An excellent first impression of your website is critical for ensuring success online and creating the growth you’re looking for. You’ve taken the time to plan carefully, craft content, and build a beautiful and practical website. However, sometimes the tiny details can jeopardize the whole thing.
You could have the best-looking website in the world, but subtle mistakes can erode your credibility.
All organizations must build and maintain credibility (or trust) and thus should avoid putting a dent in it when possible.
So let’s look at some of the most common website mistakes that could jeopardize your credibility.
6 Common Mistakes That Can Hurt Credibility
1. Copyright Year
Many websites have a copyright notice in the footer, but what does this do, and what does it protect? It protects your rights as the owner of any content, logos, images, or anything else on your site.
Because content theft is widespread on the Internet, copywriting your property provides protection, especially if you must go the legal route to remove your stolen content from the web. Of course, you don’t have to have a separate page explaining your copyright, but many sites do if their site’s copyright is more complicated than usual. A typical example is joint copyrights for specific content on a website, such as when an author owns an article but grants common ownership to the website where it appears.
What year should be on the copyright line? The year the content was created, and we’ve seen it effectively done as a range. Meaning you might see Copyright © 2013 – 2023 Creative Nomads LLC if it’s been online since then.
2. Outdated Blogs
Blogging and content marketing are great ways of generating website traffic, but many businesses give up or take their eye off the ball.
If you’re starting a new business blog, you should understand that it will take time to work. Your blog content is unlikely to receive significant traffic for at least a year, even if you do everything correctly.
Numerous factors influence the amount of web traffic you receive, most of which affect content indiscriminately, regardless of how interesting or visually appealing your articles are.
3. Embedded Feeds
Embedding social media feeds into websites used to be popular, but it’s less popular now because it can slow down loading times. For example, suppose a business owner has an embedded feed but isn’t actively updating their social media channels. In that case, their website may appear outdated and, in some cases, as if the business is no longer open.
4. Unfinished Content
When we say ‘unfinished,’ we’re talking about those pages with just a paragraph of text. These were often pages made live when the site was created, intending to add to them in the future. However, time passed, and the page stayed the same.
If you don’t finish your website and choose to update it as you go, there’s a greater chance that you’ll make an error.
One advantage of creating your website content at once is the ability to review it after completion to ensure no errors and better searchability of search engines.
5. Ancient References
If you run a website that promotes the 2016 Olympics as an “exciting summer event this year,” this link is for them. Unfortunately, we saw this on a website not long ago…
Using ancient references can have a place on a website only if it’s appropriate, like if you are stating a fact, research, or a reference to illustrate best practices in a particular industry. So, for example, if you have a health research company as a client, it will be appropriate even if you add old pieces of information or past research.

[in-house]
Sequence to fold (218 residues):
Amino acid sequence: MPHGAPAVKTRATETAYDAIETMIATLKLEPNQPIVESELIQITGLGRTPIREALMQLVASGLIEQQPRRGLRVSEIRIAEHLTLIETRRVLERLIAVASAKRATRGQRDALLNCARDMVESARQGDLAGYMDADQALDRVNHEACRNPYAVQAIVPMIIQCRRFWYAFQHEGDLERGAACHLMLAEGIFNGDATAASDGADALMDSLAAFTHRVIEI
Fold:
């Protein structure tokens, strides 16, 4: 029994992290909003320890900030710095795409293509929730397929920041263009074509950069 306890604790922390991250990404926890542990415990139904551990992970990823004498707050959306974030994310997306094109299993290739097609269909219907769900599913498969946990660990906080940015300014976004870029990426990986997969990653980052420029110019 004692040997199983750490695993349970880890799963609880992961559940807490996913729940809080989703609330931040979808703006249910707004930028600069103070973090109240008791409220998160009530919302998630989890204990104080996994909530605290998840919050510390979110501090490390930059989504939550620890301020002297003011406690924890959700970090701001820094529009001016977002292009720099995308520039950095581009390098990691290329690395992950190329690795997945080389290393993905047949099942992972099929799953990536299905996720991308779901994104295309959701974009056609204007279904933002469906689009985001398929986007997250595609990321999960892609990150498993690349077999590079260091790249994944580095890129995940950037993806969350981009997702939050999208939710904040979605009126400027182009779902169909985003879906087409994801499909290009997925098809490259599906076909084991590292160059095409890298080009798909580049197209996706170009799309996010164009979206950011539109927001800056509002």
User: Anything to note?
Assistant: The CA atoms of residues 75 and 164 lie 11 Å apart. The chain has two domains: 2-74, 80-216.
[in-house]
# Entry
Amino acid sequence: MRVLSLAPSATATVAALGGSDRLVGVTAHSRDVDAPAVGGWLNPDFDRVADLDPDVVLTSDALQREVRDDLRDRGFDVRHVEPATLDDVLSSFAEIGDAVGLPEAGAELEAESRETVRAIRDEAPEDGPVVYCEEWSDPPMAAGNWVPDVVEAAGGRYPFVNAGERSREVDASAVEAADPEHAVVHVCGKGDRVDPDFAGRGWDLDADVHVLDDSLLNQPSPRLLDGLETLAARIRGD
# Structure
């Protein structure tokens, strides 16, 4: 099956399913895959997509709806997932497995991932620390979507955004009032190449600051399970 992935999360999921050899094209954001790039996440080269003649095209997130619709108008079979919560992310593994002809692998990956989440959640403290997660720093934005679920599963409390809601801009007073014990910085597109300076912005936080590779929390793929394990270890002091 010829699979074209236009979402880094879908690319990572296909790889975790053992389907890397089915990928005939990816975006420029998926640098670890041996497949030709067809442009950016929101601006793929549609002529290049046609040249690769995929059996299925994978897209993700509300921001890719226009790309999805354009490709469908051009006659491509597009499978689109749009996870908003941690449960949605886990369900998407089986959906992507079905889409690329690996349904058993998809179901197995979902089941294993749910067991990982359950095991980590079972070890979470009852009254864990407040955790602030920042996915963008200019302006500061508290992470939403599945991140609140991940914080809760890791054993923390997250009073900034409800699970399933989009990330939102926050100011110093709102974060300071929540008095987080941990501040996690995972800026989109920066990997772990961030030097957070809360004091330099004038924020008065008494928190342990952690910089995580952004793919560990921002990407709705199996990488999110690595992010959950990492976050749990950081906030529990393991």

Tip: Have your website checked semi-regularly to ensure they correctly reference times that have long passed with their content. It’s sometimes better to think evergreen to make it easier to manage content on an ongoing basis.
Inform your reader that they should check their website semi-regularly to ensure their reference times have been updated. It’s sometimes better to think evergreen to make it easier to manage content on an ongoing basis.
6. 404 Errors
A 404 error page, also known as a “404 Not Found” error, is an HTTP response status code indicating that the requested resource could not be found on the server. This error message is often displayed to users when they attempt to access a web page that doesn’t exist or has been moved, deleted, or otherwise made unavailable.
This website mistake can be a technical issue. If your audience encounters this error page, they will not recognize you as reliable. This creates a poor user experience. Get your developer involved to find ways to improve the page load time for an existing website.
Website credibility and being responsive go hand in hand.
With this fact in mind, it’s clear that it’s critical for your organization or business that the website has to be fully functional and well-designed to attract visitors, establish credibility, and build long-lasting relationships with customers.
A compelling website can help your organization grab attention, engage customers, and establish online credibility.
So, instead of diving into the design and layout of your website first, take some time to write out a strategy. It’s not only about the design. You want to revisit your brand foundation, determine your website purpose and goals, map out the behavior flow, and select the navigation and sitemap.
This article assumes you have already clarified your website’s goals and aims to help you formulate strategies for what to avoid.
Take immediate action when your website is at stake. It’s your online platform! Schedule a free discovery call with us so we can help you keep your website updated and your online credibility intact.